Speed Limits Are a Call to Worship


“Be subject for the Lord’s sake to every human institution. . . . Live as people who are free” (1 Peter 2:13, 16). Isn’t it remarkable that subjection and freedom are so in tension here? They’re in tension, but they’re not in contradiction. Free people don’t subject or submit. Yes, they do, but they submit totally different.

When you submit to the speed limit, you should be worshiping God. This is convicting because none of you do keep the speed limit. But on your best days, the peace of God is reigning in your heart and you’re not anxious about getting there thirty seconds earlier. Do the math sometime. Going sixty-five in a fifty-five for five miles, gets you there thirty seconds earlier. Is it worth God’s disapproval?

Okay, it’s not about speed limit, but sort of. The governors are sent by him to punish, that is, give nice, big fines, to people who break the speed limit. You can rationalize that whatever way you want, but my point is, if God gives you the grace to submit to the speed limit, you shouldn’t be doing that because of the Alabama legislature. You should be doing that because of God.

For the Lord’s sake, submit. For the Lord’s sake. If you’re doing it for the Lord’s sake, it’s worship. If you’re doing it for the Lord’s sake, you’re saying something about the Lord. And I hope it’s not, “He’s going to whip me. He’s a hard taskmaster. This yoke is hard, and this burden is heavy.” If that’s the way you talk or obey, you’re probably not a Christian.

His burden is light. His yoke is easy. When he says keep the speed limit, it’s because it’s a testimony to how free you are. You are not craving.

Why do people break laws? Cravings. “I have to have it my way! I don’t like this stupid speed limit!” It’s all selfishness. It’s all ego. It’s all non-freedom. You’re not free. You’re not free when you break the law. You’re in bondage to your cravings. “I have to get there. I have to be first. I hate being late. Everybody’s passing me.” That’s all ego. All cravings. All desire. You’re not free. You’re in bondage.

The free man has his cruise control set at fifty-five, and he’s worshiping Jesus. Happy, peaceful, get there whenever he says. Long traffic jam? Patience is a gift of the Holy Spirit. You might laugh because it’s so rare. It’s just so wonderfully true.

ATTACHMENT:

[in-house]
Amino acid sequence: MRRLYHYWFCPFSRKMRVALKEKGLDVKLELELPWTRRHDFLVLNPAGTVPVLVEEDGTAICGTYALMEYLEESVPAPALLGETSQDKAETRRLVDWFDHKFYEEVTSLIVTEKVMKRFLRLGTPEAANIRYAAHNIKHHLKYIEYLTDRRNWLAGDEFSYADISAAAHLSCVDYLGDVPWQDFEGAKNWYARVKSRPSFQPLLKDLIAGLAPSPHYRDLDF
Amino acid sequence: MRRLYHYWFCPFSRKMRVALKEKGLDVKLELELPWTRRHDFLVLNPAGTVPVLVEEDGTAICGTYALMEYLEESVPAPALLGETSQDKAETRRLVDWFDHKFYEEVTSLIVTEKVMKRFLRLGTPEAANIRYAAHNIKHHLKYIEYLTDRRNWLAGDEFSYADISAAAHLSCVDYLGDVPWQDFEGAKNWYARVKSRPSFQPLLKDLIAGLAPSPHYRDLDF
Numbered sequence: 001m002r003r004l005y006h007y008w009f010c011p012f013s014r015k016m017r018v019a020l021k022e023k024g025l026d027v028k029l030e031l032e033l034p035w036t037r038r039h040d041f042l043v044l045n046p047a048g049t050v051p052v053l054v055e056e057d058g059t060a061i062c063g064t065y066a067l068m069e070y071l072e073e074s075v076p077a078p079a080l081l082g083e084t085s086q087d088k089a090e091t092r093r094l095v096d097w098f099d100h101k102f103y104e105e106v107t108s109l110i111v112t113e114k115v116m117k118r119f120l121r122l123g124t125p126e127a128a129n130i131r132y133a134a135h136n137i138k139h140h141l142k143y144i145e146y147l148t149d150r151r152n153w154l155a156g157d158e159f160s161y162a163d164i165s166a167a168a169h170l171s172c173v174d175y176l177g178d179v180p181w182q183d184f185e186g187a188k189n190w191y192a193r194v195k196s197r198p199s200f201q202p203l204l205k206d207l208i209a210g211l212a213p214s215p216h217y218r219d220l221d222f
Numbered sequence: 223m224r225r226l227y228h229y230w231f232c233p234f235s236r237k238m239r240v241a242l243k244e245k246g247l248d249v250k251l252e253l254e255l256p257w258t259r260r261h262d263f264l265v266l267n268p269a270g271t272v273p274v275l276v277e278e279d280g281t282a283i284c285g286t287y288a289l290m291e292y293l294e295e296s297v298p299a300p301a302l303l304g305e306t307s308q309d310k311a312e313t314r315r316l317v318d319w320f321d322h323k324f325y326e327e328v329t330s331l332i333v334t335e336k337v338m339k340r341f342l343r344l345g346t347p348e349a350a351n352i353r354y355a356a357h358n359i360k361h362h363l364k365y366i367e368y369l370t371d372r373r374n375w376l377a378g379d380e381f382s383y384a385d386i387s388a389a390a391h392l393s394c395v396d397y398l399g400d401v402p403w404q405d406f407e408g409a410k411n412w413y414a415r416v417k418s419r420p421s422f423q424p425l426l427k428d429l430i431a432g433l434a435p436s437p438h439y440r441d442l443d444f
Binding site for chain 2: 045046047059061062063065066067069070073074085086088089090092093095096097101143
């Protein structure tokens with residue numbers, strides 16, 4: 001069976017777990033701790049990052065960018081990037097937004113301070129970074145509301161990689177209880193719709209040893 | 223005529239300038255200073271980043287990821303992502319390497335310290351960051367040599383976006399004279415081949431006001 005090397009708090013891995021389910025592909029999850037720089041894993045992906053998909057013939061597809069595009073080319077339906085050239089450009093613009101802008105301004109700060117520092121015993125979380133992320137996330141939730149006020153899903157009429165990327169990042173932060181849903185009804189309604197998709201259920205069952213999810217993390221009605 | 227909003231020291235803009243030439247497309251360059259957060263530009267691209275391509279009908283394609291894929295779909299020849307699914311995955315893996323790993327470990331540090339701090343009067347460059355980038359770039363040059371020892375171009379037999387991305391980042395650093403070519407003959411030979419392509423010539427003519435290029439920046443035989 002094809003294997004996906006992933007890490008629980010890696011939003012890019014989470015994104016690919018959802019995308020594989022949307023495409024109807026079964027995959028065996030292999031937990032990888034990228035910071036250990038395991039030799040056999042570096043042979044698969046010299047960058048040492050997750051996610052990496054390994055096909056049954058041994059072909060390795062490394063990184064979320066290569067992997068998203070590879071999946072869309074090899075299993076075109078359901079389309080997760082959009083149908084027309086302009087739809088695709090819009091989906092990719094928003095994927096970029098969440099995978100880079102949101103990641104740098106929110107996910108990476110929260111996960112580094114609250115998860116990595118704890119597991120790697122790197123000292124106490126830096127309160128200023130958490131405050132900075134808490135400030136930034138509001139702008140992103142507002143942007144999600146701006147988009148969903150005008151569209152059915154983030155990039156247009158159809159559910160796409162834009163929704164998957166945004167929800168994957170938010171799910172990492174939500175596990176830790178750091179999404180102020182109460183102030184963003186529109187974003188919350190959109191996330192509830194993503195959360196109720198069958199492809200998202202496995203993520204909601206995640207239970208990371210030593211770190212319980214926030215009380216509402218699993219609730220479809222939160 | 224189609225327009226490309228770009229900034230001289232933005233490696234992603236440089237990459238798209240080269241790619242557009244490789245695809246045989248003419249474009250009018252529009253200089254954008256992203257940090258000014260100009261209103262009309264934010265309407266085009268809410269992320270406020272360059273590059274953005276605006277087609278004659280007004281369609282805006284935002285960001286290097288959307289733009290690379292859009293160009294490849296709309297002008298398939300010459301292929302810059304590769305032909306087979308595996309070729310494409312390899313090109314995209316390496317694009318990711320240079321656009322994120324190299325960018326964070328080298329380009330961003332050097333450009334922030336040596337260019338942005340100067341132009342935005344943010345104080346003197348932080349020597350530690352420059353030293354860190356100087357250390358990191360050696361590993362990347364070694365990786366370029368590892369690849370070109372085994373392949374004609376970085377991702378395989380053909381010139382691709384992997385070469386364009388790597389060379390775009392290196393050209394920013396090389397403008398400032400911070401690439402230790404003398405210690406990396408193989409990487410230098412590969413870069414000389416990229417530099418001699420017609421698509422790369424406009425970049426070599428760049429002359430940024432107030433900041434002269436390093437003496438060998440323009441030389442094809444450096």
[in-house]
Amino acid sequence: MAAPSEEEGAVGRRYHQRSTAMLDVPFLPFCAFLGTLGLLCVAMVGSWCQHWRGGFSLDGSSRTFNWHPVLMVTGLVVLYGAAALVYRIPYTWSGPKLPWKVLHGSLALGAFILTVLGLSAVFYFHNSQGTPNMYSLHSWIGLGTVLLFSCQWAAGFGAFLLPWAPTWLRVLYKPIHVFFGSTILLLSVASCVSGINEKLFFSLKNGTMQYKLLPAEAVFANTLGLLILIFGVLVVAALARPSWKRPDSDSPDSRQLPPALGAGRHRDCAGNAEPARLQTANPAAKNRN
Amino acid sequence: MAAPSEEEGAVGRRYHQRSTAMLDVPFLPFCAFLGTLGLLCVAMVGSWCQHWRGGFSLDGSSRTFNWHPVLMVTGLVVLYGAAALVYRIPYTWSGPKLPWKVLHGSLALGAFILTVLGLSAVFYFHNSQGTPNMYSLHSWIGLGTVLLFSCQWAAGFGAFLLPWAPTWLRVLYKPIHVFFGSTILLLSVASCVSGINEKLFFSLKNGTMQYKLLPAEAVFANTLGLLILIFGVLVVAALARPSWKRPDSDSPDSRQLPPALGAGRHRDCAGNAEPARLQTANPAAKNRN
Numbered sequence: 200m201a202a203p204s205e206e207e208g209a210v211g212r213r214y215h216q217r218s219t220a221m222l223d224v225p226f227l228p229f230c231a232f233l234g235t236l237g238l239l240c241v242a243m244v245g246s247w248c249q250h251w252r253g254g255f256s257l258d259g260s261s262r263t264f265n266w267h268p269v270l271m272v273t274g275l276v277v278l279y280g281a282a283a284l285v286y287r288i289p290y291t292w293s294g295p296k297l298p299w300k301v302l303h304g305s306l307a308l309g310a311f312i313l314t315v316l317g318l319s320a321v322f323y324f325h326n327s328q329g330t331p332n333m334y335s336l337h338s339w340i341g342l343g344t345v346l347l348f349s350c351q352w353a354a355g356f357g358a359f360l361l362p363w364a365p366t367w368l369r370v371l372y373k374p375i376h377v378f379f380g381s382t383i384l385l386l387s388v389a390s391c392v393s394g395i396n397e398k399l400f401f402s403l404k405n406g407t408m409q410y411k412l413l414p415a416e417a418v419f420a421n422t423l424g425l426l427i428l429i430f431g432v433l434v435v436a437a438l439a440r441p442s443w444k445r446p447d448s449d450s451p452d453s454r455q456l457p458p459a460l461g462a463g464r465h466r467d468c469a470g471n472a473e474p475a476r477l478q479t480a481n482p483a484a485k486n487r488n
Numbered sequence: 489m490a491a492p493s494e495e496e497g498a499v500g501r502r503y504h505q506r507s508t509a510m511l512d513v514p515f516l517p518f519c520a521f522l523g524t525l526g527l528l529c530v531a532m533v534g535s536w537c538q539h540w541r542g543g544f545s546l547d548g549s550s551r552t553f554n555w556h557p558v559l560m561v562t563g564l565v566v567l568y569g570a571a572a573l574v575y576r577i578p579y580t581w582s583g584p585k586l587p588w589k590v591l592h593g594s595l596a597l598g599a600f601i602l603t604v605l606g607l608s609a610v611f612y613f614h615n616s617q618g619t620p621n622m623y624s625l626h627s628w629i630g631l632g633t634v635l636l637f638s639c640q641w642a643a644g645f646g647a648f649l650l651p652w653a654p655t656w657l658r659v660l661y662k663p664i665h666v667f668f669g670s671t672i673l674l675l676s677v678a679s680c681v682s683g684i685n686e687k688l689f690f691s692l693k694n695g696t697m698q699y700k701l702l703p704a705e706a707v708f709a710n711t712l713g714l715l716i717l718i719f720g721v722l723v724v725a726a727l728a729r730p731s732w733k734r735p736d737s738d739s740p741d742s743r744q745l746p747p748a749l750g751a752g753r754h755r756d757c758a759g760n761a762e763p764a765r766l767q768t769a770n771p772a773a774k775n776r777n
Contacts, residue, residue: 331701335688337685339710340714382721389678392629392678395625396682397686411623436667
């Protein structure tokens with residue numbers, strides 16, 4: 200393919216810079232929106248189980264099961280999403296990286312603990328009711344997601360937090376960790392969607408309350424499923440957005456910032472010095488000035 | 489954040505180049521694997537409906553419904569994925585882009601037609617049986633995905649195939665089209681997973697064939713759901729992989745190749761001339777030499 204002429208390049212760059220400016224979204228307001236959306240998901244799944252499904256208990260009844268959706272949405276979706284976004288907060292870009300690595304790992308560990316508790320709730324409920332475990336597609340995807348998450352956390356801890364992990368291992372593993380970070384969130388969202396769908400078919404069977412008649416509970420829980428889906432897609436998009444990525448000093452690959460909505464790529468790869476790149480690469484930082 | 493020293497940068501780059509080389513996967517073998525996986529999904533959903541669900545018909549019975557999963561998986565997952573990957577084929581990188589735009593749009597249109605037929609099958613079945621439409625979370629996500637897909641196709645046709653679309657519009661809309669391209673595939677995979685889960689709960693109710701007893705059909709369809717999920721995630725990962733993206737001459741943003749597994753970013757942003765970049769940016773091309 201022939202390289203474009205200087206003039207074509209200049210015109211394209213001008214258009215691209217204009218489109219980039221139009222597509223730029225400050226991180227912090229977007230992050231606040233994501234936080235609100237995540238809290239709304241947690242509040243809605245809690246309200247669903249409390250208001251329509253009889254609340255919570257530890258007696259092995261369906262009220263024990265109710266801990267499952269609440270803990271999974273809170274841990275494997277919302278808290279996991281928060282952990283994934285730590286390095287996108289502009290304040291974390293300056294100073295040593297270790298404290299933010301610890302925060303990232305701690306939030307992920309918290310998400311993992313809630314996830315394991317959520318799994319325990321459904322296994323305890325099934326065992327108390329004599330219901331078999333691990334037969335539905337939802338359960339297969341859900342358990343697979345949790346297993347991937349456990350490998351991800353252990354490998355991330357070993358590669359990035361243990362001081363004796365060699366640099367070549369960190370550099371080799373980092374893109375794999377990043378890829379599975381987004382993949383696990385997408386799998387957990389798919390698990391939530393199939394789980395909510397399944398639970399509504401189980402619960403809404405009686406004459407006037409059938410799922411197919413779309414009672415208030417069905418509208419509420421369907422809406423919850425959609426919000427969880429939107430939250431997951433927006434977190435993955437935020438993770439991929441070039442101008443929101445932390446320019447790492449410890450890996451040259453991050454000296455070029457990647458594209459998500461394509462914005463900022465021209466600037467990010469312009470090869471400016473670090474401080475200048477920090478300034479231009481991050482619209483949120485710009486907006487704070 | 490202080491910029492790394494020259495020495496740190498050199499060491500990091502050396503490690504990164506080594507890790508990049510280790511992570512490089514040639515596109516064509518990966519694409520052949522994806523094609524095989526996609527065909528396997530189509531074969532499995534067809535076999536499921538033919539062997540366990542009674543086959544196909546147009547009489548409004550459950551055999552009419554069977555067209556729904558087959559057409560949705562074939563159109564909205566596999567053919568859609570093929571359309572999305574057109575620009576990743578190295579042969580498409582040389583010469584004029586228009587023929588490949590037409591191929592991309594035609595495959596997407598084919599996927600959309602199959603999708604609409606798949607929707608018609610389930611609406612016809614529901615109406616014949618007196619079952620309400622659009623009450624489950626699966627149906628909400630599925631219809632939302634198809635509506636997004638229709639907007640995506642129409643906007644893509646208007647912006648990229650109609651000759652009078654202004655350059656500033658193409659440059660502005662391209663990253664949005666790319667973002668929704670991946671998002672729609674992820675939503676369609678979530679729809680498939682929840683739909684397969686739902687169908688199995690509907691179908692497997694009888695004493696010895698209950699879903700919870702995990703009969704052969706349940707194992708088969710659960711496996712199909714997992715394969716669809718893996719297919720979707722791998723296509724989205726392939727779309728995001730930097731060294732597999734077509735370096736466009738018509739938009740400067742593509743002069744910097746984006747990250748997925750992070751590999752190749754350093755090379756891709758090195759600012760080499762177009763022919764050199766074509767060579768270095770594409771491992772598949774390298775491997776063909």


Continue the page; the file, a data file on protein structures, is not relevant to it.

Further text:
Look at the Book is John Piper’s latest effort to help teach people to read the Bible for themselves. It’s an ongoing series of 8–12 minute videos in which the camera is on the text, not the teacher.

As part of this initiative, Desiring God is putting on regional events focused on certain passages of Scripture. Below, you can find all the video from our Look at the Book weekend on 1 Peter 2–3. The clip above is from Part 7: Submit to Laws for the Lord’s Sake (1 Peter 2:13–17).

Lessons on Living as Exiles

Part 1: A Realistic Book About Life Today (Overview)

Part 2: Getting Started in 1 Peter (1 Peter 1:1–2)

Part 3: Imperishable, Undefiled, and Unfading (1 Peter 1:3–7)

Part 4: The Mind Serves the Heart (1 Peter 1:8–16)

Part 5: Faith and Fear Produce Love (1 Peter 1:17–2:12)

Part 6: Your Desires Want to Kill You (1 Peter 2:9–12)

Part 7: Submit to Laws for the Lord’s Sake (1 Peter 2:13–17)

Part 8: The Marks of Free People (1 Peter 2:13–17)

Part 9: The Horror and Hope in Slavery (1 Peter 2:18–20)

Part 10: How Do We Honor Dishonorable People? (Q&A)

Part 11: Christ Returned Good for Your Evil (1 Peter 2:21–25)

Part 12: The Beauty and Behavior of a Godly Woman (1 Peter 3:1–6)

Part 13: What Is Submission in Marriage? (1 Peter 3:1–6)

Part 14: Men, Love and Lead Your Wives (1 Peter 3:7)

Part 15: Bible Reading, Justice, and Marriage (Q&A)

Part 16: Broken Dynamics in Marriage (Q&A)

Part 17: Summary and Conclusion: 1 Peter 2:13–3:7

Thumb author john piper

John Piper (@JohnPiper) is founder and teacher of desiringGod.org and chancellor of Bethlehem College & Seminary. For 33 years, he served as pastor of Bethlehem Baptist Church, Minneapolis, Minnesota. He is author of more than 50 books, including A Peculiar Glory.